Kanye West has been accused of a lot of things, but moderation is not one of them. His first album, 2004’s “The College Dropout,” took popular music by storm. With “Slow Jamz” and “Through the Wire,” West launched a two-single assault on the charts, pushing himself to the forefront of popular music. It feels natural, then, that his latest opens with a bombastic fusion of grimy hip-hop verses and a soaring, cello-driven chorus—a promise of stubborn refusal to compromise that the following twelve tracks keep.
From the opener “Dark Fantasy” through the end of the album, “My Beautiful Dark Twisted Fantasy” gives the impression that West had to decide between seemingly diametrically opposed stylistic options. The album alternates between the gritty and the luxuriant, the raw hip-hop of “Monster” and the Auto-Tune laden restraint of “Runaway.” Where others might see boundaries and limitations West sees opportunity for constructive combination. “My Beautiful Dark Twisted Fantasy” proves that West—who completed this album while releasing additional new songs weekly via his blog and recording a collaborative album with Jay-Z due early next year—is one of the rare artists with the talent, tenacity, and sheer creative energy to turn unlikely fusion into persuasive triumph.
The no-holds-barred production and lyrical bravado of “My Beautiful Dark Twisted Fantasy” may seem almost impersonal to the listener unaware of West’s recent publicity mishaps, from his infamous interruption of Taylor Swift—which inspired the second single “Runaway”—to his recently resolved dispute with former President George W. Bush. However, seen in the context of these missteps, “My Beautiful Dark Twisted Fantasy” becomes a self-vindication that could never have succeeded were it not for the very same insatiable ambition and unflappable ego that brought about the decline of his public image. The beat to the album’s first single, “Power,” blends a hard-edged King Crimson sample with an anthemic vocal melody taken from Continent Number 6’s “Afromerica.” West raps, “At the end of the day, goddamnit I’m killing this shit / I know damn well y’all feeling this shit,” and, no matter what you think of Kanye West, it’s hard to disagree.
It seems impossible to understand either West or his latest album without some understanding of his consistently embattled psyche. His sense of being constantly besieged by an undefined outside force was evident from the very first words spoken on his first solo single, “Through the Wire”—“They can’t stop me from rapping, can they?”—and this paranoia has never been more central to his music. On “Gorgeous,” which matches a despairing, darkly melodic chorus from KiD CuDi with a driving, distorted electric guitar loop and Kanye’s fiercest lyrics yet, this feeling of constant struggle motivates the album’s standout punch line: “The same people that tried to blackball me / Forgot about two things: my black balls.”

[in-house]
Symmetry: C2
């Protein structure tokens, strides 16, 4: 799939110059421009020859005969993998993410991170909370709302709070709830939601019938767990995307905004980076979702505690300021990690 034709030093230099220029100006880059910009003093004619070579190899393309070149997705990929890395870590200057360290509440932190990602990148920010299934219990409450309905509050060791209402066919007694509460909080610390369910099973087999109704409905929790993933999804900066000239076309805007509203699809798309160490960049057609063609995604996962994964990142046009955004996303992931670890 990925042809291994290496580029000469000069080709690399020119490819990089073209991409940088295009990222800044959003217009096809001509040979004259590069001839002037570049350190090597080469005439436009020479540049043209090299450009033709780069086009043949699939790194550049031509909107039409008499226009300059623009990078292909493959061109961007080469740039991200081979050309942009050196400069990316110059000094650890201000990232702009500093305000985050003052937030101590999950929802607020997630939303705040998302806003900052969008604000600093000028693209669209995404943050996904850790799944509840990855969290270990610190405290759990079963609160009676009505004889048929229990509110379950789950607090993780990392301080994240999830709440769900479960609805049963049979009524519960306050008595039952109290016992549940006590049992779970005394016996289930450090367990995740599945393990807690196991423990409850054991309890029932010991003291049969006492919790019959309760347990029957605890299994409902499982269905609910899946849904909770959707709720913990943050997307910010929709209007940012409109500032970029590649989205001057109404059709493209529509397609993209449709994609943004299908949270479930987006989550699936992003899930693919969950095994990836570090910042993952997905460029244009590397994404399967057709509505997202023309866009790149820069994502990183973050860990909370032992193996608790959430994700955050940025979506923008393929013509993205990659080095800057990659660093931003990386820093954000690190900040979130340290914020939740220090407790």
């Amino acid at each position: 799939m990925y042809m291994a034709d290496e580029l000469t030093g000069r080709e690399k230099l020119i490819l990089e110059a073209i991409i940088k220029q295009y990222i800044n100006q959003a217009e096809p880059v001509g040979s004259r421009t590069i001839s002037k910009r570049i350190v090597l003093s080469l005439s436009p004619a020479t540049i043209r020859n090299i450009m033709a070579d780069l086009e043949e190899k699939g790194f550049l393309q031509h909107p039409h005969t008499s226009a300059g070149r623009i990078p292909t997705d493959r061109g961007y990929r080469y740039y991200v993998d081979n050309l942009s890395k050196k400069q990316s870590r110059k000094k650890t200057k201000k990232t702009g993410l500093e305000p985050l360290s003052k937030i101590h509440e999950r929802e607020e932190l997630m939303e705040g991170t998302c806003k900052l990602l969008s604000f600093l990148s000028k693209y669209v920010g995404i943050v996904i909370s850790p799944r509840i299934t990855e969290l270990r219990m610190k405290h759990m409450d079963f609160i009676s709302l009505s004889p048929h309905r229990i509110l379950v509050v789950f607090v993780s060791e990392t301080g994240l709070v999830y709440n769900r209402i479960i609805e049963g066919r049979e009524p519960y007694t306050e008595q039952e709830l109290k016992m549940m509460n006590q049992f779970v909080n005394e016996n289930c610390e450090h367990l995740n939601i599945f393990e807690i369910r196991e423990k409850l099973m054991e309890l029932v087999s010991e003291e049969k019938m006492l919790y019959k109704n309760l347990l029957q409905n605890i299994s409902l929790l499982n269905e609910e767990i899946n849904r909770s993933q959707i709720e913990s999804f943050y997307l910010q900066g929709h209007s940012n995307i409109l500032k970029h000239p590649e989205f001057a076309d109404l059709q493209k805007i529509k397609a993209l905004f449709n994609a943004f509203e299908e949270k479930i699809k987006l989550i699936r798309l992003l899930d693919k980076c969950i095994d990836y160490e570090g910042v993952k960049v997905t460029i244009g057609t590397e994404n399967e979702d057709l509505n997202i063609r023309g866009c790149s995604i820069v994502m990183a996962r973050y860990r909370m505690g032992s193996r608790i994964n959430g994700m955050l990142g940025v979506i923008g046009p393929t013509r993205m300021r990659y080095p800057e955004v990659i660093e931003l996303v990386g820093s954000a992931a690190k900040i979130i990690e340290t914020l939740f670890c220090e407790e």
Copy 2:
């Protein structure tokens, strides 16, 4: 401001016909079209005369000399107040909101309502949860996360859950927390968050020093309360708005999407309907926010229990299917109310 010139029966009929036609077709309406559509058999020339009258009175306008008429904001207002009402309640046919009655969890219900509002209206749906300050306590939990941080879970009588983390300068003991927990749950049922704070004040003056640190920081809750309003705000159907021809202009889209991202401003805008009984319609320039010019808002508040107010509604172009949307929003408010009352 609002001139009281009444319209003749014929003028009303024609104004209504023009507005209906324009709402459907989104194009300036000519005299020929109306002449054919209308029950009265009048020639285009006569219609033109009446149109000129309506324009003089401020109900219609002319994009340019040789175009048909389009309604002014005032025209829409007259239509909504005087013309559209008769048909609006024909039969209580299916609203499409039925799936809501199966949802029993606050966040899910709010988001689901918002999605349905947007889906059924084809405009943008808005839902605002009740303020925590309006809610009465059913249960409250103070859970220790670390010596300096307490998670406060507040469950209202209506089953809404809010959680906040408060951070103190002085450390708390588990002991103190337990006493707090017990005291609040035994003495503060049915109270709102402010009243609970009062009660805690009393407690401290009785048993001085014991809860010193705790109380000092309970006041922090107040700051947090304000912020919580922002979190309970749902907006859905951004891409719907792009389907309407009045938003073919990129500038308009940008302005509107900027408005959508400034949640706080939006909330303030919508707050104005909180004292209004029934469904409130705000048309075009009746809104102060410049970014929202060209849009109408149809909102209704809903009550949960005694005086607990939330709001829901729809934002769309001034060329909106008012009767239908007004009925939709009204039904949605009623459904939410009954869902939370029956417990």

Fans of “The College Dropout” and “Late Registration” may miss the easygoing, backpack-rap sensibility of “Family Business” or the carefree exuberance of “Touch the Sky.” Even “All of the Lights,” with its layered orchestration and all-star cast—Elton John plays piano beneath Alicia Keys’s buried vocals—can’t quite match the laid-back feel of these tracks. However, West introduces as many moods as he discards. He left off the album “Good Friday,” a celebratory piece recalling the mood of his earliest work, choosing to offer it for free download via his blog. With “So Appalled,” he taps into an unprecedented DJ Premier-tinged, heavily orchestrated sweep, and with “Blame Game” he reaches heights of tragic introspection barely suggested by his previous work.
In the careful cultivation of his album’s emotional palette West stands unmatched as a hip-hop auteur, alone in his ability to craft a rap album with a sweeping narrative arc that plots his own rapid rise and ensuing disorientation. His move from the triumph of “All of the Lights” to the admonition to “Run from the lights / Run for your life” of “Lost in the World” builds a narrative at once intensely personal and profoundly relatable. Its cohesion not only validates West’s creative vision but also suggests that the self-conscious, surprisingly grounded West of “The College Dropout” may be more repressed and disguised than altogether absent.
Since his move from super-producer to rap star, West has overseen major changes to mainstream hip-hop. He pioneered the use of soul samples with his production of Jay-Z’s “The Blueprint” and pushed Auto-Tune to the height of its popularity with his own “808s & Heartbreak.” But one thing hasn’t changed: behind the music is a man who will realize his goals by any means necessary, whether through lush production or grimy rapping, through mid-1990s production techniques or alternative rock instrumentation. Even now, a tumultuous decade into his career, Kanye West is a man who will see his fantasy made reality.
—Staff writer Adam T. Horn can be reached at email@example.com.
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